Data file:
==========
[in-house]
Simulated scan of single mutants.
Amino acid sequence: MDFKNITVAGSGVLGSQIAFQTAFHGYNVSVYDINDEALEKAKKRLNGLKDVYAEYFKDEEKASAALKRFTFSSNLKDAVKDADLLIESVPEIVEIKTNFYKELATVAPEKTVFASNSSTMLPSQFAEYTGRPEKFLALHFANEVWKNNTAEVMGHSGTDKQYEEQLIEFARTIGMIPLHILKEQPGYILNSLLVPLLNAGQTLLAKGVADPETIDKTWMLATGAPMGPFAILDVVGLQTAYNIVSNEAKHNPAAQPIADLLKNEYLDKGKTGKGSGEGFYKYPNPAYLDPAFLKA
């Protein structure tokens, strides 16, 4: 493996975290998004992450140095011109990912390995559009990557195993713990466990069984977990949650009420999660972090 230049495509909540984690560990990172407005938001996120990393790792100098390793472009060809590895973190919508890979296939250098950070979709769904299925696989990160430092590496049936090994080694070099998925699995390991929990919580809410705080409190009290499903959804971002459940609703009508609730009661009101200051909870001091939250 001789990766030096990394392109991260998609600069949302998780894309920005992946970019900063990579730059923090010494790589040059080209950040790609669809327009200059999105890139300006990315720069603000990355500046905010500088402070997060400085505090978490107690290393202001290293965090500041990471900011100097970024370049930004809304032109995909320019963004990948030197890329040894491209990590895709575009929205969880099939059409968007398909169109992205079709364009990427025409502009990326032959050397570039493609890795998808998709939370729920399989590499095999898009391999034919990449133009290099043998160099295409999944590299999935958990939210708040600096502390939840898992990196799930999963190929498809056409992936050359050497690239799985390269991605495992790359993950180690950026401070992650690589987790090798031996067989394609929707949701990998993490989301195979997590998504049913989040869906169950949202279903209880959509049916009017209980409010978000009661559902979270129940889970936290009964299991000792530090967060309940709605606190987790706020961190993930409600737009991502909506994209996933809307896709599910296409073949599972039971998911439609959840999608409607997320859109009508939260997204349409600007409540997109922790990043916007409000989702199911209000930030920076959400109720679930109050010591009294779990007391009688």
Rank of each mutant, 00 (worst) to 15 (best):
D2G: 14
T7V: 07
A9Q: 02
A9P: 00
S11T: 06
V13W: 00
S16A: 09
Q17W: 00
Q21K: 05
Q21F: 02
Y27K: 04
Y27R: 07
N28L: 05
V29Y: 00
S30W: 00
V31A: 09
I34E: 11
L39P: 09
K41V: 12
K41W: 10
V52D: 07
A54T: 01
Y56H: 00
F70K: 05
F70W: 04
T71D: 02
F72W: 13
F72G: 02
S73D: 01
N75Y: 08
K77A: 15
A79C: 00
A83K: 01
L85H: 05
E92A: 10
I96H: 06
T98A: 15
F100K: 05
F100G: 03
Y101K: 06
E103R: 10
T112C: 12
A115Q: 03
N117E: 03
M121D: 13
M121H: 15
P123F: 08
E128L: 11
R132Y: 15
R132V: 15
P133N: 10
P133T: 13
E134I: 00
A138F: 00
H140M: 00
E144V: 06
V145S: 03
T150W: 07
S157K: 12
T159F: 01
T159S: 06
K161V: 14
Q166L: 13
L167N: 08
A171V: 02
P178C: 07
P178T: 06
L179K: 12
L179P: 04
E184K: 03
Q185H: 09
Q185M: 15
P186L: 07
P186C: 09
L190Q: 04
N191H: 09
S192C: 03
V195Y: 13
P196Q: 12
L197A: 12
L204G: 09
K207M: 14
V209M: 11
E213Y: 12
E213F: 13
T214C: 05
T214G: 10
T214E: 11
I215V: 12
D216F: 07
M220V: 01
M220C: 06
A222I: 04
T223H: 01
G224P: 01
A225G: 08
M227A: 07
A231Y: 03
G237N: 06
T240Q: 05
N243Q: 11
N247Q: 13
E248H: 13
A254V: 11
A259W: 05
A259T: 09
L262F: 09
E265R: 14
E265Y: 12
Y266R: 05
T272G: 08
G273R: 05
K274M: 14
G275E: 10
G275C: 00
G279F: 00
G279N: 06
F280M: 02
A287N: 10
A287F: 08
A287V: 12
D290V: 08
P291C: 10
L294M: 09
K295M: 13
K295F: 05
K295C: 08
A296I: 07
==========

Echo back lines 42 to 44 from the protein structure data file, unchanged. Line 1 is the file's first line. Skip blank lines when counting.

T98A: 15
F100K: 05
F100G: 03